But the IMF last month opened up a Technical Assistance Center for Central America, Panama, and the Dominican Republic (CAPTAC-DR) in Guatemala City. IMF Deputy Managing Director Takatoshi Kato was quoted that "this center is an example of strong regional cooperation in Central America, Panama and the Dominican Republic... A region with almost 40 million people has significant economic potential. The Fund is proud to be a partner in the effort to promote regional economic growth and development, and hopes that CAPTAC-DR will serve as an engine to push forward the objective of a more economically cohesive region.” The latest regional technical assistance center will serve Costa Rica, the Dominican Republic, El Salvador, Guatemala, Honduras, Nicaragua, and Panama.

   So the IMF has a center which spend money to serve Honduras. Clearly, as in the case of Sri Lanka for the last four months, the IMF likes to dodge questions and, some say, accountability. But in light of the CAPTAC-DR, it cannot so easily dodge the question of Honduras. The World Bank has spoken to the question. When will the IMF?

Footnote: Inner City Press also asked the IMF, "What is the IMF's response to the UN General Assembly's outcome document with its criticism of the IMF and geographical balance, etc? And please deny that you pick and choose and censor questions submitted online about pending IMF loan applications - like Sri Lanka." The former has yet to be answered; there has been one round of back and forth (without substantive answer) on the latter. We will continue to pursue this.

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On Sri Lanka, IMF Said Ready to Lend, Dodges Ethnic Cleansing, Where Are Obama, UK?

Byline: Matthew Russell Lee of Inner City Press at the UN: News Analysis

UNITED NATIONS, May 20 – With the Red Cross blocked from access in Sri Lanka to the wounded and dying, with NGOs increasingly barred from the UN-financed camps for IDPs, in Washington the International Monetary Fund said Thursday that it looks forward to presenting for approval to its Board Sri Lanka's request for a $1.9 billion loan.

  The statement was made by the IMF's director of external relations Caroline Atkinson. Inner City Press online asked a follow-up during the Fund's biweekly press briefing, which Ms. Atkinson re-stated: please state whether as the Sri Lankan government says the proceeds of any IMF loan would support re-housing in the north, which some would described as ethnic cleansing?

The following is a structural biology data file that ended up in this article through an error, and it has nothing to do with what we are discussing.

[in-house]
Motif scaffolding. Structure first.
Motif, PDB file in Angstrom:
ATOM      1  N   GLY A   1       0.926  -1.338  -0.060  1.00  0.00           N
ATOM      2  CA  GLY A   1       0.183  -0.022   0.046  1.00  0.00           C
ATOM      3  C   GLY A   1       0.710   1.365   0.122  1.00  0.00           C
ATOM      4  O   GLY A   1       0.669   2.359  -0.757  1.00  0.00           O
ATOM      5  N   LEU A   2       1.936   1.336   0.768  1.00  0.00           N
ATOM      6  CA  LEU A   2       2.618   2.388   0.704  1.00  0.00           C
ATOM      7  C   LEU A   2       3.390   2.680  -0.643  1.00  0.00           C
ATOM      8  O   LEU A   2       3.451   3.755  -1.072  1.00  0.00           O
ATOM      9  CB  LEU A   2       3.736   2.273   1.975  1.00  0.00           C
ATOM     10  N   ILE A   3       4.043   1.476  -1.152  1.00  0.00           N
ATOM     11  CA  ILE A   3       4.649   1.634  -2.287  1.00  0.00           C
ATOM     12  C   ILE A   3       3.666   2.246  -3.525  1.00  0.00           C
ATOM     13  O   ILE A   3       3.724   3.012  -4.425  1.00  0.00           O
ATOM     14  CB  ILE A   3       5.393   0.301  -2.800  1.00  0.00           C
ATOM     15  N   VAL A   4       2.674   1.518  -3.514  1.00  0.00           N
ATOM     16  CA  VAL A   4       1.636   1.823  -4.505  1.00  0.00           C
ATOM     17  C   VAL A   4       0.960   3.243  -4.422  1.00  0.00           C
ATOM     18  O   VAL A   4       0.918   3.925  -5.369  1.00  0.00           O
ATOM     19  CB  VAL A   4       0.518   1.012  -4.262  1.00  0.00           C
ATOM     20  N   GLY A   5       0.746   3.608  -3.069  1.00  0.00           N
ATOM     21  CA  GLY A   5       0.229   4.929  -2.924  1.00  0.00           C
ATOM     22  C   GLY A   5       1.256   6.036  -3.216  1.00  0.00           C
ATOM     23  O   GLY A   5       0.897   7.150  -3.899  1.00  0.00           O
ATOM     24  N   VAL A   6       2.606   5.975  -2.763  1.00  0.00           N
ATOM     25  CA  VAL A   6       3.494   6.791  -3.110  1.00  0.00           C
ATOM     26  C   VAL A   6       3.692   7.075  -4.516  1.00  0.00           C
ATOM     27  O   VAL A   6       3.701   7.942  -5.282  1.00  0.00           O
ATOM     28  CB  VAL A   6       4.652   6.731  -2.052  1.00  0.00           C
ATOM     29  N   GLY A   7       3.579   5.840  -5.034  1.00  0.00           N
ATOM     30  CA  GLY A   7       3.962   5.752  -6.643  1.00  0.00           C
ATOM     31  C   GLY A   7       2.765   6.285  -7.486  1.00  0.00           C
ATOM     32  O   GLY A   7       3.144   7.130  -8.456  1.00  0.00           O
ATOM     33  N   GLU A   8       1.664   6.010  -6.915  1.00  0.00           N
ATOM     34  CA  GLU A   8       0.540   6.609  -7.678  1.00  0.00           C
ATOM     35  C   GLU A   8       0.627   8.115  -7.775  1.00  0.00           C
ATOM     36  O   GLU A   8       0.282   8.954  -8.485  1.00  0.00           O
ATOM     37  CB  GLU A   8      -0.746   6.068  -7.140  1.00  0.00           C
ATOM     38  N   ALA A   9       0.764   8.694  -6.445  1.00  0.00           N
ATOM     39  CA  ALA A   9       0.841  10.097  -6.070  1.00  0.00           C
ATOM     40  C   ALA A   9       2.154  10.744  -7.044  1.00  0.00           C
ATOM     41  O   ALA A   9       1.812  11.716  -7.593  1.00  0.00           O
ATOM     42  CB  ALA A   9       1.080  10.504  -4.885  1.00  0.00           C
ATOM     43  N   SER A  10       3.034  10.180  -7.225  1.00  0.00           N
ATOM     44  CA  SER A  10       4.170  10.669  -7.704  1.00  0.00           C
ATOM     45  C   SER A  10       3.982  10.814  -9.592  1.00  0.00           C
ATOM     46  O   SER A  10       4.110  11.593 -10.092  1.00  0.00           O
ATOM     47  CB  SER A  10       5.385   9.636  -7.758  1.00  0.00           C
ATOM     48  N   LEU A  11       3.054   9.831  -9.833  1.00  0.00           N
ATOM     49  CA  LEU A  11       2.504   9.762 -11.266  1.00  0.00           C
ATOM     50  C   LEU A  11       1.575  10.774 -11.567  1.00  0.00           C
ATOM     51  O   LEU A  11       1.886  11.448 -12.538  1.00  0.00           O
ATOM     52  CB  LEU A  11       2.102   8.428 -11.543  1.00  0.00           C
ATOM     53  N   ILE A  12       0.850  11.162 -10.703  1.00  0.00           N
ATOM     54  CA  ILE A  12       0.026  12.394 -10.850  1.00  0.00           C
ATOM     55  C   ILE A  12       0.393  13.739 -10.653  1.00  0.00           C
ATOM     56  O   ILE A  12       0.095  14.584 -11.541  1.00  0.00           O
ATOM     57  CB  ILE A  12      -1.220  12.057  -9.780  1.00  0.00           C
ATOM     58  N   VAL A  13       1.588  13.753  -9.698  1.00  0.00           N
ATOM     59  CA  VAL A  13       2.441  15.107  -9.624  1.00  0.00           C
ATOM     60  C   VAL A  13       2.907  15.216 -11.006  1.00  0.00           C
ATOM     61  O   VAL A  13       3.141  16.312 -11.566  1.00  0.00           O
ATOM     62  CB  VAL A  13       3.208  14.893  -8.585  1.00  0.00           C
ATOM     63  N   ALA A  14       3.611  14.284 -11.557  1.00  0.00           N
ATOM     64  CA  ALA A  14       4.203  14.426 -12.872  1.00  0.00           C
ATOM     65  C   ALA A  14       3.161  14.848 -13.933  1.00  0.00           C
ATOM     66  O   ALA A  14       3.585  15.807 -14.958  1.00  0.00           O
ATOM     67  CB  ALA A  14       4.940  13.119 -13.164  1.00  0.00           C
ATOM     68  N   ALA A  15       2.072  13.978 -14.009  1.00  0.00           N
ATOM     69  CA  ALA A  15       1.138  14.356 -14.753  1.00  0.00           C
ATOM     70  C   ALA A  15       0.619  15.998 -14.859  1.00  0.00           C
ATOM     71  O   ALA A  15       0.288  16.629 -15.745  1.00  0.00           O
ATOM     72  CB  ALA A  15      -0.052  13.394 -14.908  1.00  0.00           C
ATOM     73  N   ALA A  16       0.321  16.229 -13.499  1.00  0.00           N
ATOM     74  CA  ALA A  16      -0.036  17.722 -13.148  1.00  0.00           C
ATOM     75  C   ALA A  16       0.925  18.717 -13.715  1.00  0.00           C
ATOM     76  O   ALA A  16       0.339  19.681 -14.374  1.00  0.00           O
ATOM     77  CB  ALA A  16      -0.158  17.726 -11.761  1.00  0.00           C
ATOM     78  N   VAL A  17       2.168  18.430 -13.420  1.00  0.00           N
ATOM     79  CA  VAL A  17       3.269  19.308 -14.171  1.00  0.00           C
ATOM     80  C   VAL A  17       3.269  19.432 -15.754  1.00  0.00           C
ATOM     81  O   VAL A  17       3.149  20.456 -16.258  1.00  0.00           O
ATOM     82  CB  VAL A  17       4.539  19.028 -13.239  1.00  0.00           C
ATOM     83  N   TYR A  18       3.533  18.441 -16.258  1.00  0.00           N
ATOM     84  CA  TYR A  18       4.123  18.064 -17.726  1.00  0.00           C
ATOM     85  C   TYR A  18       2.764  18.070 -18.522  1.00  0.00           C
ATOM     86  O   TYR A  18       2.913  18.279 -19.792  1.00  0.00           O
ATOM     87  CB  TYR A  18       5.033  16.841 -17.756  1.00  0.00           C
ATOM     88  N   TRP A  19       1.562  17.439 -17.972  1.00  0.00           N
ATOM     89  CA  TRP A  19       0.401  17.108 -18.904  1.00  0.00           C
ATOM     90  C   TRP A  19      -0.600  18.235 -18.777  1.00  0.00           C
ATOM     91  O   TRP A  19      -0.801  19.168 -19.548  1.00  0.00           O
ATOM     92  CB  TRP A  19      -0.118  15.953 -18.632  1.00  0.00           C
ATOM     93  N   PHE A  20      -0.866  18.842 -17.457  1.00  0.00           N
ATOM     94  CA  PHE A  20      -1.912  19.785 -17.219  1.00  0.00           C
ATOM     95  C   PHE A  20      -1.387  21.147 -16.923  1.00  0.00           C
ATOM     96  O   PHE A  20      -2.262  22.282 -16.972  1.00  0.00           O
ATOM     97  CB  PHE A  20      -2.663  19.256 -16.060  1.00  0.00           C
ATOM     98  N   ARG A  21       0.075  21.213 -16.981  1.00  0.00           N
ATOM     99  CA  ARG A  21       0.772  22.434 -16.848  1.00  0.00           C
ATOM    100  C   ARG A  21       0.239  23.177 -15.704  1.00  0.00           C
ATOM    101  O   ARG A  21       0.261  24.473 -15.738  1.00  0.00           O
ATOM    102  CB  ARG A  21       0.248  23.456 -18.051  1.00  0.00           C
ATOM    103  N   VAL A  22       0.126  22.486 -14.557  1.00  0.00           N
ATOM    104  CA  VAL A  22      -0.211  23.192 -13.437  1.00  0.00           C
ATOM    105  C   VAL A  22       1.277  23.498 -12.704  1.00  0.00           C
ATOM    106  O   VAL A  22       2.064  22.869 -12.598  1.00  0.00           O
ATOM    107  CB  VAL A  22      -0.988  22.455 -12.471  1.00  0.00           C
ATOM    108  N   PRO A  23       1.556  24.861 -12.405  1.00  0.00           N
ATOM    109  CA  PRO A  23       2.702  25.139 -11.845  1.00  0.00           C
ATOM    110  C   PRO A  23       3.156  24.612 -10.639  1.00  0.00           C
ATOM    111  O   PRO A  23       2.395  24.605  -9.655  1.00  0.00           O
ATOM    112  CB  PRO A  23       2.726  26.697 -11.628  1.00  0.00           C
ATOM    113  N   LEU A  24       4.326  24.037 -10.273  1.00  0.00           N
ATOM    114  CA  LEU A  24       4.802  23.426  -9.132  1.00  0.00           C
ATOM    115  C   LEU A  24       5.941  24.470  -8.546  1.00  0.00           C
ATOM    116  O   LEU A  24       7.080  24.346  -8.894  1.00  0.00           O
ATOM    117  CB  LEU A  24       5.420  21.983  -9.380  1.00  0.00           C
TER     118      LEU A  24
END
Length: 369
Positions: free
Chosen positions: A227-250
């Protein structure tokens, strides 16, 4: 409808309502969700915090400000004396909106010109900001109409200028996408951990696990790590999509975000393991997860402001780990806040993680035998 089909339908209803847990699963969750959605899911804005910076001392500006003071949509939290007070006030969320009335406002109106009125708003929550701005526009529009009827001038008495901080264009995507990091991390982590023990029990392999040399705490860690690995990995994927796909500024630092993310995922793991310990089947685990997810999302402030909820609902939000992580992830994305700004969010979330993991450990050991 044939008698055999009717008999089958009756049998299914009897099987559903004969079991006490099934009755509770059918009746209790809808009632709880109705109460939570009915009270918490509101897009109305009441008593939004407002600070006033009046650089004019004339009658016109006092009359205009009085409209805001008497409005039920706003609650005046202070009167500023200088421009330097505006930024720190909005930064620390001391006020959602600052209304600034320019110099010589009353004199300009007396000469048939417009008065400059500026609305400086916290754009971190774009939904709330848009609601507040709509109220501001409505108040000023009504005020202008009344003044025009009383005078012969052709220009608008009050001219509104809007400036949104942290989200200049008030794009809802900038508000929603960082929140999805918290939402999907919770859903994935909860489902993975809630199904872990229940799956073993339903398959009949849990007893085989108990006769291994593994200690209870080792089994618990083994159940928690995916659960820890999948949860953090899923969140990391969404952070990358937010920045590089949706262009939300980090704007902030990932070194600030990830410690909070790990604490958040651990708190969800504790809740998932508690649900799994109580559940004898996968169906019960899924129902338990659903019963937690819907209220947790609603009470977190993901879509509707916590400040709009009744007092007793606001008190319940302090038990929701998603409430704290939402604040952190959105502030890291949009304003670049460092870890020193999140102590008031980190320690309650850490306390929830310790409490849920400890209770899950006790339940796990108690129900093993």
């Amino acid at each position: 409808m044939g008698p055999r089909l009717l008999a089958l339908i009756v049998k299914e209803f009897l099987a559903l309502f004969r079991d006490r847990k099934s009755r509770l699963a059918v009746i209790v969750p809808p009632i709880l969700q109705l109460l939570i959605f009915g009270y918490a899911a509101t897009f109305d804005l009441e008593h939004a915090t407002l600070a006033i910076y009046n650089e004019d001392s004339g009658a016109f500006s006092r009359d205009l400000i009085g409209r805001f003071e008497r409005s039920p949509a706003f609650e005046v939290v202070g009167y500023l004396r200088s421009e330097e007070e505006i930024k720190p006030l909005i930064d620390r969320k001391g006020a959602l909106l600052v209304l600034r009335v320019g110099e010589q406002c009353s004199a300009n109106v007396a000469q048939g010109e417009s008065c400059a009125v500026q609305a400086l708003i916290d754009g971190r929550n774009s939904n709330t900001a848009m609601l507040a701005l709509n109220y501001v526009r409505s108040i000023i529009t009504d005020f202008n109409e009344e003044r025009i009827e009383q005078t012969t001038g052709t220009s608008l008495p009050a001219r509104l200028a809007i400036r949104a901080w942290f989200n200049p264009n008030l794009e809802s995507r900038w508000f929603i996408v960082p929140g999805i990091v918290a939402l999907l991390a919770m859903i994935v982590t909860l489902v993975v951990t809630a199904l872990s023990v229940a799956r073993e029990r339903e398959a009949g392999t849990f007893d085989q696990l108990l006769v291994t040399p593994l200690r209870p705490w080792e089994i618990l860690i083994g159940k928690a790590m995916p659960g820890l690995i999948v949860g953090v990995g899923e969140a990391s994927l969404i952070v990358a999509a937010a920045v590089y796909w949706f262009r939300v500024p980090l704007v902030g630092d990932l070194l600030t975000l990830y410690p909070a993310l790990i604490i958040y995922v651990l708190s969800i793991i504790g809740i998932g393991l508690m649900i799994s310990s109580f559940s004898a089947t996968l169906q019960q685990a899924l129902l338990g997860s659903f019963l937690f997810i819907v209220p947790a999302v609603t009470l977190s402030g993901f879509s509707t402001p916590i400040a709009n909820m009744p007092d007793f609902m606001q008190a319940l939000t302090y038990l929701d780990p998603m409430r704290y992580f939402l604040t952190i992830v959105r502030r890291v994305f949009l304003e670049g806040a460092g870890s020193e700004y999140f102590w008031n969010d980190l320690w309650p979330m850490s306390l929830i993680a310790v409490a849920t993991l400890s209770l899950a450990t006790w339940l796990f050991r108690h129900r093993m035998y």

The IMF's Ms. Atkinson responded, “Perhaps it's just helpful to clarify that when the IMF lends, it is not for specific projects. We lend to support a country's finances. We make a loan to the Central Bank to support reserves. Any other question?”

    On March 12, Inner City Press went to the IMF in Washington and asked Ms. Atkinson's colleague David Hawley what safeguards were being considered to ensure that the proceeds of any IMF loan to Sri Lanka wouldn't be enable war or ethnic relocation. Mr. Hawley said that things were at an early stage. Later, French Ambassador to the UN Jean-Maurice Ripert told Inner City Press that “the Americans are trying to play with the loan.”

   The U.S. subsequently confirmed this, receiving human rights credit for raising the issue. The UK has as well. After a contrary statement by the UK Ambassador to the UN, in response to Inner City Press' question at the UN Security Council stakeout, UK Foreign Minister David Miliband said he didn't think conditions for an IMF loan to Sri Lanka were right. Are they now?

IMF's Dominque Strauss-Kahn and Ms. Atkinson, ready to lend to Sri Lanka

   Now, after two weeks ago refusing to take the question at their briefing, the IMF says that while there is still no access to the killing zone in the North, while doctors who reported on the war as well as offering treatment are detained and interrogated, it wants to present the loan for approval by its Board within weeks.

  What happened, some ask, to the ostensible US and UK opposition? At the US State Department this week, the Obama Administration appeared to waver or move on from it previous position, both on the loan and as stated by the President following Time magazine's diagnosis that Barack Obama was failing the Sri Lanka test.

The IMF's implicit argument that it is not supporting what a government does on the ground by lending to its Central Bank is specious. In fact, many experts on Sri Lanka note that the government's military offensive in the North was assisted not only by aid after the tsunami, but even more by the proceeds, to the Central Bank, of debt forgiveness. Now during the current crisis the IMF wants to make a loan to the Sri Lankan Central Bank. Ms. Atkinson alluded to, but did not give an explanation as requested by Inner City Press, of a “larger facility” being discussed.

Victor's justice, victor's loans, some call it, as they call the UN's Ban Ki-moon's impending visit to Sri Lanka a sort of victory tour. Inner City Press leaves today on the UN trip. Watch this site.


  Click here for an Inner City Press YouTube channel video, mostly UN Headquarters footage, about civilian deaths in Sri Lanka.

Click here for Inner City Press' March 27 UN debate

Click here for Inner City Press March 12 UN (and AIG bailout) debate

Click here for Inner City Press' Feb 26 UN debate

Click here for Feb. 12 debate on Sri Lanka

Click here for Inner City Press' Jan. 16, 2009 debate about Gaza

Click here for Inner City Press' review-of-2008 UN Top Ten debate

Click here for Inner City Press' December 24 debate on UN budget, Niger

Click here from Inner City Press' December 12 debate on UN double standards

Click here for Inner City Press' November 25 debate on Somalia, politics

and this October 17 debate, on Security Council and Obama and the UN.

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These reports are usually also available through Google News and on Lexis-Nexis.

Click here for a Reuters AlertNet piece by this correspondent about Uganda's Lord's Resistance Army. Click here for an earlier Reuters AlertNet piece about the Somali National Reconciliation Congress, and the UN's $200,000 contribution from an undefined trust fund.  Video Analysis here